What is it that I love when I love You [God]? Not the beauty of any bodily thing, nor the order of seasons, not the brightness of light that rejoices the eye, nor the sweet melodies of all songs, nor the sweet fragrance of flowers and ointments and spices: not manna nor honey, not the limbs that carnal love embraces. None of these things do I love in loving my God. Yet in a sense I do love light and melody and fragrance and food and embrace when I love my God—the light and the voice and the fragrance and the food and embrace in the soul, when that light shines upon my soul which no place can contain, that voice sounds which no time can take from me, I breathe that fragrance which no wind scatters, I eat the food which is not lessened by eating, and I lie in the embrace which satiety never comes to sunder. This it is that I love, when I love my God.
– Confessions, bk. 10, ch. 6
Where does time come from, and by what way does it pass, and where does it go, while we are measuring it? Where is it from?—obviously from the future. By what way does it pass?—by the present. Where does it go?—into the past. In other words it passes from that which does not yet exist, by way of that which lacks extension, into that which is no longer.
– Confessions, bk. 11, ch. 21
What then is time? If no one asks me, I know; if I want to explain it to a questioner, I do not know.
– Confessions, bk. 14, ch. 17
It is strange that we should not realise that no enemy could be more dangerous to us than the hatred with which we hate him, and that by our efforts against him we do less damage to our enemy than is wrought in our own heart.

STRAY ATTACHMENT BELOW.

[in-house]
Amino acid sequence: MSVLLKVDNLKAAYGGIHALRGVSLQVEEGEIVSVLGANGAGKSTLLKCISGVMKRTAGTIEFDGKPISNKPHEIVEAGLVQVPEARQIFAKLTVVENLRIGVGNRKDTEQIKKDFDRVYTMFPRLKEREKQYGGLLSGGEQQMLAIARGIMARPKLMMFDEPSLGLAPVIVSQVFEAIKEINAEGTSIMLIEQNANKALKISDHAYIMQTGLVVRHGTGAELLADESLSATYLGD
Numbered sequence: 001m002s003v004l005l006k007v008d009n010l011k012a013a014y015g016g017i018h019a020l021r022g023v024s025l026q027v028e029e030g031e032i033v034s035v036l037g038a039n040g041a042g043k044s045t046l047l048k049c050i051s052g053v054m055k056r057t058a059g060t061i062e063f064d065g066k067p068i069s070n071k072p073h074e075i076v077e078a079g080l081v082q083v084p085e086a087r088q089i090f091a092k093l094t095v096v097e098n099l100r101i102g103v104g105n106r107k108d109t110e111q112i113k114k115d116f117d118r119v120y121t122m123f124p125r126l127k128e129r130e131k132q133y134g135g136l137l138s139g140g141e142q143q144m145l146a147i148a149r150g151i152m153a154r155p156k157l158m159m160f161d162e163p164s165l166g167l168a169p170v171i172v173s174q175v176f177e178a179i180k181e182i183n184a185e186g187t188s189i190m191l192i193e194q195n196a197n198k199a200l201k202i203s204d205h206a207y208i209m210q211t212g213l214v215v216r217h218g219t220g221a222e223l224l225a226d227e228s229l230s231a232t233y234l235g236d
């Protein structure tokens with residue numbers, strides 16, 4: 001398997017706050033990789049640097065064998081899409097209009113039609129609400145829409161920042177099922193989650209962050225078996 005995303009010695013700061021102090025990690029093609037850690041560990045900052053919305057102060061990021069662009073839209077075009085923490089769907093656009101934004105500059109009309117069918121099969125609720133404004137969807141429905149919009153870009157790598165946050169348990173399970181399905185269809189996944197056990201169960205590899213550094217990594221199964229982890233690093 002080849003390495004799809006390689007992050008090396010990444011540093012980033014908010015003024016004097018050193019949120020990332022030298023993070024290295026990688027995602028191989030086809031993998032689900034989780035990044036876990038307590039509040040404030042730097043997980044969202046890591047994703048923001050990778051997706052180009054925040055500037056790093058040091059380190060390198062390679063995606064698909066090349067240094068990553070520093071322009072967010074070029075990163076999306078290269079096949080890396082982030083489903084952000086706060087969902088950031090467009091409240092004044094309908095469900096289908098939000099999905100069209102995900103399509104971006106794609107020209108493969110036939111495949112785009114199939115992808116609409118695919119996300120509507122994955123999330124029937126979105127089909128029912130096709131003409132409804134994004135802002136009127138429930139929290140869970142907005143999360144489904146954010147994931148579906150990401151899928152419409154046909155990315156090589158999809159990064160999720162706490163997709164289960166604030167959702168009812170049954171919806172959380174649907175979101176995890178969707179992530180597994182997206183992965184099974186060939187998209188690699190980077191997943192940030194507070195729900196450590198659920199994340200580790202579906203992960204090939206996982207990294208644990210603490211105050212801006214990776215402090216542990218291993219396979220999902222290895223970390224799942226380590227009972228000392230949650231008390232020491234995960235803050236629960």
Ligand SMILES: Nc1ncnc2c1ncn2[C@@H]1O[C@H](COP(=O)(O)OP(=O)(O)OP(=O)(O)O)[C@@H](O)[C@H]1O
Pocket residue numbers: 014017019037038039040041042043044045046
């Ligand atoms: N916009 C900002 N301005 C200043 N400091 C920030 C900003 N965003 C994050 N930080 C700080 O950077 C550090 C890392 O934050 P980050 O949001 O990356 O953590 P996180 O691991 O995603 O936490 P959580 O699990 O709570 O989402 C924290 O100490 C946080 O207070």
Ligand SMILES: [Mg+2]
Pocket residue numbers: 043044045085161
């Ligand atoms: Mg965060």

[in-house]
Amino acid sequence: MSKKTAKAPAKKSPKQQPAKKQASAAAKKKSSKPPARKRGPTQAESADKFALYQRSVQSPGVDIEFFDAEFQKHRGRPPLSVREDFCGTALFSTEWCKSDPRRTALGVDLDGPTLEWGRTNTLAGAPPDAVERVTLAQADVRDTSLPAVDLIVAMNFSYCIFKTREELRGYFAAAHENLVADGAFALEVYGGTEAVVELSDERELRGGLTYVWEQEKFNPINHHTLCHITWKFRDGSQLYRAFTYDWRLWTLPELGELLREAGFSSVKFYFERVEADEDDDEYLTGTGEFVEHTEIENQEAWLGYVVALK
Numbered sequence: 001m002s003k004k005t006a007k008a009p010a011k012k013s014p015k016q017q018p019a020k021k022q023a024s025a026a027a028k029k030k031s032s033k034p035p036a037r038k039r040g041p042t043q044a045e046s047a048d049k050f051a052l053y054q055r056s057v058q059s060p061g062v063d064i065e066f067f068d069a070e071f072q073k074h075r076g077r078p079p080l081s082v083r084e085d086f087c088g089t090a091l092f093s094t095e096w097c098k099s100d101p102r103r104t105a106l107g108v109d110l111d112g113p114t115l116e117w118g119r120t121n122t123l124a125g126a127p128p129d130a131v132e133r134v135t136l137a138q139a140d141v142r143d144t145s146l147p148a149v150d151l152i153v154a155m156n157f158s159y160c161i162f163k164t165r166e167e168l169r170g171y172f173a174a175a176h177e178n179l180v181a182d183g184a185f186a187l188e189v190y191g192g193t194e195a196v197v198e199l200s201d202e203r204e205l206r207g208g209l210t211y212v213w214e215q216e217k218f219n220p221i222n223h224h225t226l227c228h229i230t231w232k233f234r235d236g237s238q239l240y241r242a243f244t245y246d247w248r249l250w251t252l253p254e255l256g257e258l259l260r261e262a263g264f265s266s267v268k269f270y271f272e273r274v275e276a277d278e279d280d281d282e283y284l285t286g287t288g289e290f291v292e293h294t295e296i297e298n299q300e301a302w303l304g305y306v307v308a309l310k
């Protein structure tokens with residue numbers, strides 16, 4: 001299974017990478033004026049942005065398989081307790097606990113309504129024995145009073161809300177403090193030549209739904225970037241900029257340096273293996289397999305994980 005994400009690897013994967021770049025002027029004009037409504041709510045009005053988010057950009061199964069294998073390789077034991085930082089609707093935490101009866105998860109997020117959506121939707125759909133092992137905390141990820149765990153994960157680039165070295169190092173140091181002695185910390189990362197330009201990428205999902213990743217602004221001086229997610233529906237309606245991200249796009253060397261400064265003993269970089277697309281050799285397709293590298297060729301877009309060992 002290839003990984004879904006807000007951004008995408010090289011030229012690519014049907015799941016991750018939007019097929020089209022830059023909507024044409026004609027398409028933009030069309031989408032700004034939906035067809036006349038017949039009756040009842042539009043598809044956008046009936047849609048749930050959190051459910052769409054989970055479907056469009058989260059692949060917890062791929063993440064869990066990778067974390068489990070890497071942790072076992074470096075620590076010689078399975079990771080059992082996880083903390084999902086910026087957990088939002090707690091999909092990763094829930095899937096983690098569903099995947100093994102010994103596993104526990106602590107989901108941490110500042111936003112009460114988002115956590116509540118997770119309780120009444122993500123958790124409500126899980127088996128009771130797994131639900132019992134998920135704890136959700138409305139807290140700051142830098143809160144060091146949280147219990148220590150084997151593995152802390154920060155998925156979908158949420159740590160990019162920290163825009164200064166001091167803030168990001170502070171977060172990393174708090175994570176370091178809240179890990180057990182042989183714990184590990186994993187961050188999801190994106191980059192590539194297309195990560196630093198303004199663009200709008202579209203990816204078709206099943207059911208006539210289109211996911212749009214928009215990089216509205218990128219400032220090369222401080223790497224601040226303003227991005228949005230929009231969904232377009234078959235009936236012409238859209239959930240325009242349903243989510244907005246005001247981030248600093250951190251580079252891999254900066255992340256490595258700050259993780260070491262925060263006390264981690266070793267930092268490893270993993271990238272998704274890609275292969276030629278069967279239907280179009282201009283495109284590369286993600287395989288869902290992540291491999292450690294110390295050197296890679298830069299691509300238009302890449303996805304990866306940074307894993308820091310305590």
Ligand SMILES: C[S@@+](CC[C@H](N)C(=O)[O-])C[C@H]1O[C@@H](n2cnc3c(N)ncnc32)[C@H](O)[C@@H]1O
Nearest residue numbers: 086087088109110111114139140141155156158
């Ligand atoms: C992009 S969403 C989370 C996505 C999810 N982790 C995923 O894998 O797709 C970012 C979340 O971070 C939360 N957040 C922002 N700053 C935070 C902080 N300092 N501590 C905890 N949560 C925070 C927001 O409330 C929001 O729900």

– Confessions, bk. 1, ch. 18
A body tends by its weight towards the place proper to it— weight does not necessarily tend towards the lowest place but towards its proper place. Fire tends upwards, stone downwards. By their weight they are moved and seek their proper place. Oil poured over water is borne on the surface of the water, water poured over oil sinks below the oil; it is by their weight that they are moved and seek their proper place. Things out of their place are in motion: they come to their place and are at rest. My love is my weight: wherever I go my love is what brings me there.
– Confessions, bk. 8, ch. 9
Men procure the actual pleasures of human life by way of pain—I mean not only the pain that comes upon us unlooked for and beyond our will, but unpleasantness planned and willingly accepted. There is no pleasure in eating or drinking, unless the discomfort of hunger and thirst come before. Drunkards eat salty things to develop a thirst so great as to be painful, and pleasure arises when the liquor quenches the pain of the thirst. And it is the custom that promised brides do not give themselves at once lest the husband should hold the gift cheap unless delay had set him craving. We see this in base and dishonourable pleasure, but also in the pleasure that is licit and permitted, and again in the purest and most honourable friendship. We have seen it in the case of him who had been dead and was brought back to life, who had been lost and was found. Universally the greater joy is heralded by greater pain.
– Confessions, bk. 8, ch. 3
I in my great worthlessness—for it was greater thus early— had begged You for chastity, saying: “Grant me chastity and continence, but not yet.’’ For I was afraid that You would hear my prayer too soon, and too soon would heal me from the disease of lust which I wanted satisfied rather than extinguished.
– Confessions, bk. 8, ch. 7
The Daily Idea aims to make learning about philosophy as easy as possible by bringing together the best philosophy resources from across the internet. To get started, check out this organized collection of 400+ articles, podcasts, and videos on a wide range of philosophical topics.
Or sign up below to get a hand-picked selection of philosophy resources delivered to your inbox each week. It’s the easiest way to start learning a little more about philosophy each and every week.
If you’d rather dive right in and start reading classic works of philosophy, check out my free eBook: The Philosophy Handbook: Practical Readings and Quotations on Wisdom and the Good Life. It features short, beginner-friendly readings from some of history’s greatest philosophers, including Plato, Seneca, Bertrand Russell, and more. It’s an ideal collection for anyone looking to get started learning about philosophy.